hospital. this took place on the fourth floor in a hospice wing. police say this is not an active shooter situation. so of course as soon as we get more information, i promise we'll pass it along. now, though, to a tragedy in the nevada desert, a military base south of reno, a group of marines taking part in a training exercise when there was an explosion. seven of those marines were killed. eight others who were injured were taken to a reno hospital. >> the president's thoughts and prayers go to the families of those who were lost and to those who were injured. we're obviously in the early stages of assessing the incident. it's a tragedy clearly. and the president was briefed immediately and made aware of it
immediately and briefed on it and we're monitoring the situation. >> cnn's chris lawrence is live for us at the pentagon. chris, what more do you know, what caused the explosion? >> basically officials are telling us that this 60 millimeter mortar shell detonated in the tube at the firing point. in other words, instead of the mortar flying out, the mortar exploded right in the tube with the marines all gathered around it. normally it would take several marines a mortar crew so to speak to operate this, but this was training, so you may have had support personnel also around the mortar firing. we're told that three of the marines were killed immediately. three were killed while waiting for the medevacs to come. and then the seventh probably died at the hospital or on route to the hospital. >> you talk about the mortar round. we know this base is used by the military to store ammunition. do we know what kind of training exercise they were doing when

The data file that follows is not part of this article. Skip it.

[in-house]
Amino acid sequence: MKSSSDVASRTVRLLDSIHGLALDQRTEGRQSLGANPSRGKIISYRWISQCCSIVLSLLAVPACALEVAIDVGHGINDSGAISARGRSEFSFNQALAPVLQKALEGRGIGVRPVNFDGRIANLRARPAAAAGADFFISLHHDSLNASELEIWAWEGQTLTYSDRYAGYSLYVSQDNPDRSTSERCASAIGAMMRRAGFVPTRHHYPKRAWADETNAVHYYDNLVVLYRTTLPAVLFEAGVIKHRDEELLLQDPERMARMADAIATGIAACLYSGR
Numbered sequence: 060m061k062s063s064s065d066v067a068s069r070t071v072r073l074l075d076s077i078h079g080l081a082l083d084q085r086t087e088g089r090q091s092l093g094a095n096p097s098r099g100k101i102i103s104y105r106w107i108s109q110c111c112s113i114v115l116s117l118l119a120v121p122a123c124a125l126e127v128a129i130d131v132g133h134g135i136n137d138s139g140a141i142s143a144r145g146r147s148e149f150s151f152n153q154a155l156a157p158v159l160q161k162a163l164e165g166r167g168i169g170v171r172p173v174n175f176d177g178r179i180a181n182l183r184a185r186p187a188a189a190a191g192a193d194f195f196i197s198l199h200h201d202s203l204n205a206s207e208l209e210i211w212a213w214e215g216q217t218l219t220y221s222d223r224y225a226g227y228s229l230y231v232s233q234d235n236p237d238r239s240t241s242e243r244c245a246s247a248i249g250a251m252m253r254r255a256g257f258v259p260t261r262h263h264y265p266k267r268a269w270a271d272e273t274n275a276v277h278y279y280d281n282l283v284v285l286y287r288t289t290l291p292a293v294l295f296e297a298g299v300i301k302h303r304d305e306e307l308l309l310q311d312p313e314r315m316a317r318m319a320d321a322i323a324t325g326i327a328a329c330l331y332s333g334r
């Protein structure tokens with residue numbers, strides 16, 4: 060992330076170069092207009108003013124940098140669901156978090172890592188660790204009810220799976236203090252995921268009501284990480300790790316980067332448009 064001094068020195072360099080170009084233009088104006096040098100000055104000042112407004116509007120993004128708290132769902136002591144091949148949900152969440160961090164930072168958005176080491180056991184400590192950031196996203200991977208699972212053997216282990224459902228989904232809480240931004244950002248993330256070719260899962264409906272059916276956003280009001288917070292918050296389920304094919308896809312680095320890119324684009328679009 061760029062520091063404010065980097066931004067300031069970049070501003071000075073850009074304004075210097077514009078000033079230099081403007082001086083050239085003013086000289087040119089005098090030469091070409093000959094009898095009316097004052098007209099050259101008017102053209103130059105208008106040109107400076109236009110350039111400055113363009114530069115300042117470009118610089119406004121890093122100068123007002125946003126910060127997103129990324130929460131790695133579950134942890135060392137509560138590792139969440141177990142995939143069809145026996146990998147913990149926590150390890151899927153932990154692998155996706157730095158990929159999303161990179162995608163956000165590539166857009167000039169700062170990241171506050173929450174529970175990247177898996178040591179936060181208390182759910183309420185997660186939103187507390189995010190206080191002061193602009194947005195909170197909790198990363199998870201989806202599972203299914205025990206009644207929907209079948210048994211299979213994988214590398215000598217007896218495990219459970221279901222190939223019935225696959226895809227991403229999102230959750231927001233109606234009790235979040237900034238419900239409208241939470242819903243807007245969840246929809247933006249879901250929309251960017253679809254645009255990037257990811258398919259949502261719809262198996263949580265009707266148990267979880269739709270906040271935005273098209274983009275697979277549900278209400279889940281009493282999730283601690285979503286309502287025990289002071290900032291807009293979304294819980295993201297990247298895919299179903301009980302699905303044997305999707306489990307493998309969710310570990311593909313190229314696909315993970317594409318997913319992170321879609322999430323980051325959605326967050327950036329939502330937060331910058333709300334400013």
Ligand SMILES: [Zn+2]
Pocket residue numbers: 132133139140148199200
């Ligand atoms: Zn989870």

this happened? >> this was a ground combat team of marines. and this particular base is used by the army, the navy, the marine corps, even special forces because it's got sort of a unique terrain. high desert, a lot of mountainses. it looks a lot like afghanistan. so a lot of troops go there to train to prepare themselves for the terrain in afghanistan. i have to tell you, we learned earlier that even secretary hagel was talking about this in some of his meetings this morning and he recalled when he was in the army, he was present at a training accident in his case a grenade went off. so you do get the training exercises accidents at time, but they aren't all that common. certainly nothing to the september where you'd have seven marines killed in one. >> seven lives, so sad. chris lawrence, thank you. it is the red line that
could mean u.s. boots on the ground in syria. and today, the white house is now looking in to reports that that red line has been crossed. syrian state media is now reporting chemical weapons have been strapped to a missile and fired in civilians in allepo province. nick paton walsh is in bay rue. has sad's regime, they're blaming the rebelses, they're blaming the government. so who has the access to the chemical weapons? who has the most to gain from this? >> reporter: first off there is no definite proof that chemical weapons were used. what we do know is in an area near allepo, both the regime and reb bem belels are saying some gas was given off and we've seen pictures taken from a hospital showing some soldiers and civilians obviously suffering